Being Human in an Age That’s Digital

by

HumanDigital

FountainBlue’s May 5 VIP roundtable was on the topic of ‘Being Human in an Age That’s Digital’! Please join me in thanking our gracious hosts at Samsung and our participating executives. Below is a compilation of their ideas and thoughts on how we are stretching the technology envelope. 

There was a mind-boggling discussion about how each participating company and leader is pushing the technology envelope for a Digital Tsunami with the hardware, the software, the data, analytics, AI…  The brilliance, hard work and perseverance is advancing technology solutions at an increasingly rapid pace, and the lives of almost all of us are forever changed by it.

  • Machines and programs and technology innovations are collecting the information and data necessary to make informed decisions. Humans need to make these decisions, hopefully based on the data and information collected.
  • Great minds are collaboratively designing and implementing solutions which solve the world’s problems – even the ones caused by over-population, like food production and housing at scale. But it will take humans to create and implement and integrate these solutions, and prioritize resources and research to ensure that the largest amount of people benefit in the short term and for the long term.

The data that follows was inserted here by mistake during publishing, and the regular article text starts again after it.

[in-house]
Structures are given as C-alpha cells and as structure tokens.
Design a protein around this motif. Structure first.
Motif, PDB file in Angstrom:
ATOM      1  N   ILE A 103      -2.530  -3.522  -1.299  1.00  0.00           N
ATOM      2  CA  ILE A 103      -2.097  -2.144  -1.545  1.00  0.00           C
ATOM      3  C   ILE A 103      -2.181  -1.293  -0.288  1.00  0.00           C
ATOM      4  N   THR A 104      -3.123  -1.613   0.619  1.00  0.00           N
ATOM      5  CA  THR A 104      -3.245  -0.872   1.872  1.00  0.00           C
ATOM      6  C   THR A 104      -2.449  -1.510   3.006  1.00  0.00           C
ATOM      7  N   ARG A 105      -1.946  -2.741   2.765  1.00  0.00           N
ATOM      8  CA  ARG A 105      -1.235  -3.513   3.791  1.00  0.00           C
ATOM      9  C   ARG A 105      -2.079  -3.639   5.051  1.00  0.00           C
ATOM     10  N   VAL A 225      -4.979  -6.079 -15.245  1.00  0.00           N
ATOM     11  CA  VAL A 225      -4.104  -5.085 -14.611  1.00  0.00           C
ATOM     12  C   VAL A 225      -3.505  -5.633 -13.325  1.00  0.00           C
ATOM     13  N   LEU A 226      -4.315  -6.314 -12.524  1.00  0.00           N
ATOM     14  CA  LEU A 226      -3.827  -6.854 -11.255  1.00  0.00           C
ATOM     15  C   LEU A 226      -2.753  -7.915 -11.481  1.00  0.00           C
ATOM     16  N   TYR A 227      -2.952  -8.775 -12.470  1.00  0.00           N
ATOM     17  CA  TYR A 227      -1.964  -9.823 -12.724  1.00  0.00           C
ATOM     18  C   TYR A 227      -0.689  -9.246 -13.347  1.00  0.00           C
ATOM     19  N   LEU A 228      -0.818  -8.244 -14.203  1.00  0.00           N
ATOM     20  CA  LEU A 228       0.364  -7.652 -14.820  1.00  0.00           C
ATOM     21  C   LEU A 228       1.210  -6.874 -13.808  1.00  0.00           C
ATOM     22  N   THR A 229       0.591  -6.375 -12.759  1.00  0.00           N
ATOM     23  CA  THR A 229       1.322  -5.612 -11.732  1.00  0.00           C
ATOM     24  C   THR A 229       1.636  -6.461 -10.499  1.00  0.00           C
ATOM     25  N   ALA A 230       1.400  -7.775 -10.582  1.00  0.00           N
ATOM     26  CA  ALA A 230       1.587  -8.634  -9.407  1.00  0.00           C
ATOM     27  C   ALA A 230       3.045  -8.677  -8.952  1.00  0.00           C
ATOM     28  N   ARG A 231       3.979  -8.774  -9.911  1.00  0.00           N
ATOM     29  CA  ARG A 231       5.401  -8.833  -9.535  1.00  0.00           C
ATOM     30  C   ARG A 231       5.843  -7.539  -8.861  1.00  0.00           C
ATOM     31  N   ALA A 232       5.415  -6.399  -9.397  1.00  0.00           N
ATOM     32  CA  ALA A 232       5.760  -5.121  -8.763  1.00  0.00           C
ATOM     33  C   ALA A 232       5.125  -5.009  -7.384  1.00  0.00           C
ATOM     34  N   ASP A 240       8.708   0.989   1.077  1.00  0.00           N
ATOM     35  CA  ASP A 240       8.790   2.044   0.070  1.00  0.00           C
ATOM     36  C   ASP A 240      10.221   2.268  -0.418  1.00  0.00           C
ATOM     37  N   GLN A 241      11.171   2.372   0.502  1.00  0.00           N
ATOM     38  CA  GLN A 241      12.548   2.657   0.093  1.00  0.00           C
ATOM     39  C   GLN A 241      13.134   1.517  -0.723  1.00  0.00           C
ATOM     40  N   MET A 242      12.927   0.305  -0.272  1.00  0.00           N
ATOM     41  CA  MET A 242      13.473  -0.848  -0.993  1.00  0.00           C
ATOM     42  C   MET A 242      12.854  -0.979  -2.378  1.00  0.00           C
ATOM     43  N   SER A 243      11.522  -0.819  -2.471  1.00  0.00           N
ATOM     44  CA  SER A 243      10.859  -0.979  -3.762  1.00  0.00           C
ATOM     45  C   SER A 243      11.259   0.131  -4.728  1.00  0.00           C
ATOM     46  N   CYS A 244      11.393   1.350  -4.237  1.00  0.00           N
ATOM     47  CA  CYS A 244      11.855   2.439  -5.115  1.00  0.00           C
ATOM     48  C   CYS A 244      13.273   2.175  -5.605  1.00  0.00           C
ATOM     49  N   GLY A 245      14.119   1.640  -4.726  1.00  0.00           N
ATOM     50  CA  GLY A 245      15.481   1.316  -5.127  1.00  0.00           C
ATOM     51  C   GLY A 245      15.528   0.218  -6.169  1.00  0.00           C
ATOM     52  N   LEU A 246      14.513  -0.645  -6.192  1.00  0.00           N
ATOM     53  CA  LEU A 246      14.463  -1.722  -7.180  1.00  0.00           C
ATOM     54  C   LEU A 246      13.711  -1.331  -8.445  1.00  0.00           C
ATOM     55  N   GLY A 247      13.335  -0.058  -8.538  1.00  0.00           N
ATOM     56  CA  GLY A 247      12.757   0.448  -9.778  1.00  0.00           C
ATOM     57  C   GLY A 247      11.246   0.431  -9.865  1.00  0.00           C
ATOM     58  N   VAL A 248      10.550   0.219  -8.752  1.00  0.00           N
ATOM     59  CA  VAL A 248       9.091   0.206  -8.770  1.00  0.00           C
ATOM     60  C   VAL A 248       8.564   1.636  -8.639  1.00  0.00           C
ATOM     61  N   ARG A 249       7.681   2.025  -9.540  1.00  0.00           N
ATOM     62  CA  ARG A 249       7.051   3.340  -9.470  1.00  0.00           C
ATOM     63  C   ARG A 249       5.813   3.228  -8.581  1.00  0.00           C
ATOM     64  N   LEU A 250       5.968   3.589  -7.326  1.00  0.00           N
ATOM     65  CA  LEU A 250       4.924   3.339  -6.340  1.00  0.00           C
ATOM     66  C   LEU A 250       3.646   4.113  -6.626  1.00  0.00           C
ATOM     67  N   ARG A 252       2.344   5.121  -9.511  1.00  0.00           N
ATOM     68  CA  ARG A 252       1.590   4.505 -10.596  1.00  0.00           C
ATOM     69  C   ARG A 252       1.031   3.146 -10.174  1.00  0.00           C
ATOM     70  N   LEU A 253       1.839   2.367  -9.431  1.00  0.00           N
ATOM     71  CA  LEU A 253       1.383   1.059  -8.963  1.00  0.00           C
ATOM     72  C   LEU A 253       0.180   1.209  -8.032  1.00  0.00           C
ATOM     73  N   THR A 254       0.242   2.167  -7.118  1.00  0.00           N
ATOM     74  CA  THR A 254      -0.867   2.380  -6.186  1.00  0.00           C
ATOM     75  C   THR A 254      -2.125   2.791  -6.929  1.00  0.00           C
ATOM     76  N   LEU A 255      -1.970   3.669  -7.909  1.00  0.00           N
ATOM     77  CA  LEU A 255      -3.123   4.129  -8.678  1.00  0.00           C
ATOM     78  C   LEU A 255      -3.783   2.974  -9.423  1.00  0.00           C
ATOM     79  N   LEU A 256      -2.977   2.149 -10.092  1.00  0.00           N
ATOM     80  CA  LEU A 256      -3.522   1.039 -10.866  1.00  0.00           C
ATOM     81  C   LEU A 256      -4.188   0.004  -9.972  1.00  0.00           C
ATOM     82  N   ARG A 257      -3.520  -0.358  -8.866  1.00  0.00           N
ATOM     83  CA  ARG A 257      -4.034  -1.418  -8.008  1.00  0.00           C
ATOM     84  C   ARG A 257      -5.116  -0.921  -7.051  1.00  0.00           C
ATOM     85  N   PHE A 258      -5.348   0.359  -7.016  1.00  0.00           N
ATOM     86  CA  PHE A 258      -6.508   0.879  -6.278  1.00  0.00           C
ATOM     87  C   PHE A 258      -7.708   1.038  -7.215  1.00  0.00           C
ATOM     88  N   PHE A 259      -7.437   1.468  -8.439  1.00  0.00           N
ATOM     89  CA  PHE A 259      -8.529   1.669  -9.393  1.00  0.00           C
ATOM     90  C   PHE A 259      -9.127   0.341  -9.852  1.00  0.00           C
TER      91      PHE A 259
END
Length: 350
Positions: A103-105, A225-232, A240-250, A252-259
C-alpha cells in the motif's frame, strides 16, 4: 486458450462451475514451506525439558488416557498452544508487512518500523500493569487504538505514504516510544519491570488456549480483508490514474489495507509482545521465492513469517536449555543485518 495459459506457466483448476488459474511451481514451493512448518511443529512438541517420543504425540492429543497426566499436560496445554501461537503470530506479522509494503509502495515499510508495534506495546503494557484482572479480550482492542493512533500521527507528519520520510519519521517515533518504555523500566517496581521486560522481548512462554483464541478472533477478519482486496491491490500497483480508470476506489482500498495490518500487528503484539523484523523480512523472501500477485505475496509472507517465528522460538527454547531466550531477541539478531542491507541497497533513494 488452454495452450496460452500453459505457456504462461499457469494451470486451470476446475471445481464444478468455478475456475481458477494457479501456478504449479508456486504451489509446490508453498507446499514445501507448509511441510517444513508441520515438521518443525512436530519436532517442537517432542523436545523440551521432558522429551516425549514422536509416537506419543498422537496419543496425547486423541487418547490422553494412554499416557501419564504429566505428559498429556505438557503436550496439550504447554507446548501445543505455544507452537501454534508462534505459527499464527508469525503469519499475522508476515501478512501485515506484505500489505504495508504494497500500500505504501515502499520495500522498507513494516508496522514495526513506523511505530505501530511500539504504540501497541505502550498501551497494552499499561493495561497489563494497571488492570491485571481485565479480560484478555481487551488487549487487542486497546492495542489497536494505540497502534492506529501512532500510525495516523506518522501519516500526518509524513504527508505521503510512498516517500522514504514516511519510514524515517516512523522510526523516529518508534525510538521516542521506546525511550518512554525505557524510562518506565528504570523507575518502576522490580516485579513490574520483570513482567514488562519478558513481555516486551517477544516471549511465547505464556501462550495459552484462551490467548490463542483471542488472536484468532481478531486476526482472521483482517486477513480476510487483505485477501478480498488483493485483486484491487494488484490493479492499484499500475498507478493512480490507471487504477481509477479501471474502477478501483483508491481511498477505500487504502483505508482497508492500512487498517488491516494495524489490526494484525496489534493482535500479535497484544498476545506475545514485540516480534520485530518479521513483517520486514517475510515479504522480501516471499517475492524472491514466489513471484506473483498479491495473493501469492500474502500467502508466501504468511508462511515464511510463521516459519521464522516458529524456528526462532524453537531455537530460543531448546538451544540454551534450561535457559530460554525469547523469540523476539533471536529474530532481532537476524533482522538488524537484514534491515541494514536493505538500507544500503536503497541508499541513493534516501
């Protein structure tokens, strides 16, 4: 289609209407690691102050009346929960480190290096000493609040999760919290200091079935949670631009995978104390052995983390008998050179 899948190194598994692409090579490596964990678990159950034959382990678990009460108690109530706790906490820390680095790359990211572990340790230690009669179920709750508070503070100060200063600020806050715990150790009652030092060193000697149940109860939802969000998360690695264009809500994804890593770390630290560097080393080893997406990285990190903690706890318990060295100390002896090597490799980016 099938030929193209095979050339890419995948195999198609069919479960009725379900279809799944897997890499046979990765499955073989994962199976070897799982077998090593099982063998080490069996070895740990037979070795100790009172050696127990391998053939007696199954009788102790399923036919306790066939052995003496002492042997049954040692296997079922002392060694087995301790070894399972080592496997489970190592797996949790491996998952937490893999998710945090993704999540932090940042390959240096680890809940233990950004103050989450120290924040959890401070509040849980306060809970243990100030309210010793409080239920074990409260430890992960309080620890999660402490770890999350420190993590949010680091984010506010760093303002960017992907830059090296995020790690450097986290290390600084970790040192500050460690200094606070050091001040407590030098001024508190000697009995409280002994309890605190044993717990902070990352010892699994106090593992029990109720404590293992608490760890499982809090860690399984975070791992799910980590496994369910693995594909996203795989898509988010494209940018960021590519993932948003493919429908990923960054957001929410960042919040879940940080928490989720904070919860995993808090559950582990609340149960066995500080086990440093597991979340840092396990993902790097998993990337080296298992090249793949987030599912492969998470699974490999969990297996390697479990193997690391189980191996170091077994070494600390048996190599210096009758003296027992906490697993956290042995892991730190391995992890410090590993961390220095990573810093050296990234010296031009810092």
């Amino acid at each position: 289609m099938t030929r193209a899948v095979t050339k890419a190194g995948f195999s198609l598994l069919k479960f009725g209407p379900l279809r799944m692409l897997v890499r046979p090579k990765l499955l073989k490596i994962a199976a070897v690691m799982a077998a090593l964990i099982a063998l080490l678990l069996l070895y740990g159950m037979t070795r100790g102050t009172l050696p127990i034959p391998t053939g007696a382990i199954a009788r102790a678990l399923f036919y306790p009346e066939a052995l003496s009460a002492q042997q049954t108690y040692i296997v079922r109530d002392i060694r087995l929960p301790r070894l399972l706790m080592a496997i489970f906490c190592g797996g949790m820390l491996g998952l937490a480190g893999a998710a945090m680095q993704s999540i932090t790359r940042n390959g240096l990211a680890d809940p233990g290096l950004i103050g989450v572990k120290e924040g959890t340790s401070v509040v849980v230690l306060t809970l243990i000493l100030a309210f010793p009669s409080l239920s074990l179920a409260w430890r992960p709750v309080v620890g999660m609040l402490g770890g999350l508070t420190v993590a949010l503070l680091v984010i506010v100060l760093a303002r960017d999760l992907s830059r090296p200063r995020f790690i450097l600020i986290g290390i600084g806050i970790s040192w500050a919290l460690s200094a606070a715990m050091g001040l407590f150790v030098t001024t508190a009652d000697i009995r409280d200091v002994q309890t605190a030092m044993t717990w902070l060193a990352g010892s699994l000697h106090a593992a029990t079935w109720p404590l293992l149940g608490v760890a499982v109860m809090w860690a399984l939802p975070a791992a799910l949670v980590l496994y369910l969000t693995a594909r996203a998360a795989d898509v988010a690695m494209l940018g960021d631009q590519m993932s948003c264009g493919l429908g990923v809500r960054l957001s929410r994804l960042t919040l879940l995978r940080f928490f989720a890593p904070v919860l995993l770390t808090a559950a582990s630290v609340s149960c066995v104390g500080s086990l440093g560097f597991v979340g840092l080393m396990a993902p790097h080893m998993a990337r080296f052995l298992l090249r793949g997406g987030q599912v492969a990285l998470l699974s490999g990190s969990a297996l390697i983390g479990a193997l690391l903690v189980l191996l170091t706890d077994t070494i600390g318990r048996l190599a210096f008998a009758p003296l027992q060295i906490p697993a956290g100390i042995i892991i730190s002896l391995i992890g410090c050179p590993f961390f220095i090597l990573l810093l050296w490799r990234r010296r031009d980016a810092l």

• Creating innovation labs focused on solving the requests and needs of those customers just makes sense, especially as change happens so quickly, and customers become increasingly more demanding. No matter how sophisticated these digital and IoT and other solutions get, remember that managing and running the interactions, relationships and entities themselves requires experienced humans.
  • Machines and programs may be great at providing historical data in rich and detailed formats, but are not as good as seasoned humans who can do forecasting and predictions based on historical data, and current conditions and trends.
  • It takes a human to make an irrational risk that could lead to a transformational solution or experience.
  • It takes a human to create and deliver an engaging, persuasive and memorable communication and experience which connects with other humans.
  • Although IoT and other innovations will facilitate vast improvements for healthcare and education and all other industries, humans will be in charge, and it will remain difficult to delegate interactions and duties to machines and programs and drones.

Below is advice on how to balance the need for those sophisticated digital innovations with the need to support the humans who implement them.

  • Think about solutions as interactions between people, between things, and between people and things. 
  • Think not just about how to innovate and what would work, but also about what would get adopted and accepted easily. 
  • Look not just at the current anticipated value, but also at the stickiness of the value-add for the solution in the long term.
  • Consider not just the solution you’d like to implement, but also the transition strategy so that the full ecosystem of stakeholders will embrace the new solution.

The bottom line is that technology and innovation will never replace the educated, hard-working human. But humans who chose not to embrace technology, not to keep up with the digital revolution may find that there’s little place in the workforce for their skill set.

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